The Dawn Chorus

Fresh Australian Feminism

How Many Hours Of Your Life Are Spent Queueing For The Loo?

Posted by Cate on September 23, 2008

I recently read in the UK’s Guardian newspaper about the gender issues of urban design as The Royal Geography Society’s recent annual conference found that UK cities are still being designed for the benefit of men.

This is despite the Gender Equality Duty [GED], a legal obligation which came into force in April 2007 in the UK through the 2006 Equality Act.  The GED requires public authorities to promote gender equality and eliminate sex discrimination.  Instead of depending on individuals making complaints about sex discrimination, the duty places the legal responsibility on public authorities to demonstrate that they treat men and women fairly.  The duty affects policy making, public services, such as transport, and employment practices such as recruitment and flexible working.

Researchers at the conference found that urban cities are most commonly designed by men with a male’s perspective, failing to accommodate the differing needs of those who communte without a care, have a physical disability, care for children.  I was surprised to read that almost all public spaces still accord the same number of square metres to male and female toilets, and because women can’t use urinals, they end up with half as many toilets in the allocated space. So why not double the allocation?

“If you want to know the true position of women in society look at the queue for the ladies’ loo,” says Clara Greed, professor of inclusive urban planning at the University of the West of England.

I’ve noticed myself that ladies loos are often furthest away from the central space of a shopping centre, which can mean walking down a dingy hall alone. it’s not necessarily scary, but it is a pain. And I can’t count the number of times I’ve waited in line for the loo, or struggled to hold onto the strap on a tram (I’m a bit short). And I don’t drive and like many cyclists am reluctant to cycle in city traffic – the latter issues are not solely women’s issues i hasten to add.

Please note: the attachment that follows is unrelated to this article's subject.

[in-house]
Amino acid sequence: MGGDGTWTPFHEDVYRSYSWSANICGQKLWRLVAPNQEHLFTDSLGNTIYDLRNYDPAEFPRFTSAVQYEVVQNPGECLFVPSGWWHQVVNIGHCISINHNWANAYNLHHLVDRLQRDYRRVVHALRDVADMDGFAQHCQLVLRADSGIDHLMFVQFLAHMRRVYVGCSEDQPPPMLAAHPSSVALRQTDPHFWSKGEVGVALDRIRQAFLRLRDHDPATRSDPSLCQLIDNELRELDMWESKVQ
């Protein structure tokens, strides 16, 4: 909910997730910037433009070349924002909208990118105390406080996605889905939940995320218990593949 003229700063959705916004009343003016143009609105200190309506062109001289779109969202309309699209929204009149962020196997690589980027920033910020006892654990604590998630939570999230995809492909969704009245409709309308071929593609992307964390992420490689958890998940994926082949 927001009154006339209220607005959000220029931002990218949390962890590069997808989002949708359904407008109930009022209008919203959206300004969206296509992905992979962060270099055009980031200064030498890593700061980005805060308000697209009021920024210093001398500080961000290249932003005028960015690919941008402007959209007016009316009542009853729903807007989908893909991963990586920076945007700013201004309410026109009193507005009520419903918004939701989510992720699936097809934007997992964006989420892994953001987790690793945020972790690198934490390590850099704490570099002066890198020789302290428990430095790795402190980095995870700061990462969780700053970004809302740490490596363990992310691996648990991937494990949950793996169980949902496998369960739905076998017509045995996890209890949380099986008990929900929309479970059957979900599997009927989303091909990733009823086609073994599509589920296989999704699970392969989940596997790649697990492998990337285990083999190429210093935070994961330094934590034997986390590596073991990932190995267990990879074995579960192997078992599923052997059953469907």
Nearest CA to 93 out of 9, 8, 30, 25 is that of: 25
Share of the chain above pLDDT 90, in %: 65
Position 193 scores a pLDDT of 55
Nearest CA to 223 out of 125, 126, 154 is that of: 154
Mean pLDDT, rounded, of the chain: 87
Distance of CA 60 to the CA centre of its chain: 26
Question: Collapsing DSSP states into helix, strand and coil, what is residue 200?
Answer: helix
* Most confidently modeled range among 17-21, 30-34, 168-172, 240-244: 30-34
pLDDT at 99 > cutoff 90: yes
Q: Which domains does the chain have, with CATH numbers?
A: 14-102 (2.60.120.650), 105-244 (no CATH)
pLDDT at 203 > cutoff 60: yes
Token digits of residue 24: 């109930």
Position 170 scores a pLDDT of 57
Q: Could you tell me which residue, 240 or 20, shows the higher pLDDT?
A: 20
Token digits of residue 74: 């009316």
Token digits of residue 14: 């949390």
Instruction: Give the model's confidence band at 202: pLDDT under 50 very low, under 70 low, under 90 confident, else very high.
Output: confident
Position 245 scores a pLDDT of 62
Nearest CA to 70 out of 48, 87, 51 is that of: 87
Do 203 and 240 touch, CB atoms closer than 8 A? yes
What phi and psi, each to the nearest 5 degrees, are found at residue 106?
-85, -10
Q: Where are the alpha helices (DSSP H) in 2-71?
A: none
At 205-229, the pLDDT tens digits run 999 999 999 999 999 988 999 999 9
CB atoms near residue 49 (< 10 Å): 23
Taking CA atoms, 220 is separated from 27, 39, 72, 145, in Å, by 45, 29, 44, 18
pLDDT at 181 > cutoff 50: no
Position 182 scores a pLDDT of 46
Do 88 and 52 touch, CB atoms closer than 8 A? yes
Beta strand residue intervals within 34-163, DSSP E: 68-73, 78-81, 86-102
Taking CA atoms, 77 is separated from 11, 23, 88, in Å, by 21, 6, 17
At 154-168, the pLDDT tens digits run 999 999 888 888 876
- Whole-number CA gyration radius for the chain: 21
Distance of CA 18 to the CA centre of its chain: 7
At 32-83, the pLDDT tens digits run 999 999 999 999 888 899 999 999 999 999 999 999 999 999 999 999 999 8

But how can we change all these things?  One suggestion is that it is about architects, whether male or female, being open to these issues. More women in the industry would help too, because at least some of them would design in their own image.

“Designers see themselves at the end of their pencil – or their mouse,” says Davis. “Until about 15 years ago most architects and planners were men. They saw themselves moving through this environment. Because they were men and they were car drivers, they were interested in keeping commuters moving. It’s the same issue as with disability. They didn’t understand how a 15mm lip on a kerb could upset a buggy or a wheelchair. Not that they were being sexist – it just didn’t occur to them.”

So how do you think Melbourne fares?  Besides our loos, is our city accessible in all senses of the word? I’m not an expert, so I’m interested in other people’s thoughts.


4 Responses to “How Many Hours Of Your Life Are Spent Queueing For The Loo?”

  1. blu-k said

    As a medium height, medium build (fairly strong) femail cyclist, I’m always irritated by bike parking that doesn’t seem to take the shorter members of society (who are mostly women) into account.

    I have a fairly light bike and can only just lift it high enough to place it on the bike racks. Any petite woman with a heavier bike would find it impossible – indeed, at my last workplace a number of colleagues did, and had to leave their bikes inside until they were told off for that too and gave up riding altogether.

  2. […] at the Dawn Chorus asks how many hours of your life are spent queuing up for the loo? Sophie at 2 B Sophora has uncovered the evil plan of the patriarchy. Andra at Andragy thinks that […]

  3. Rayedish said

    I good friend of mine blogs about all things toilet and she has a good post about some stuff that’s ‘going down’ in the UK

  4. hendo said

    Don’t live in Melbourne, but my constant peeve is hanging straps on buses – umm hello I am 5’2″. Sure I can reach the damn strap – just – but if I hung onto it for my 15 minute bus ride, my arm would just go numb. argh.

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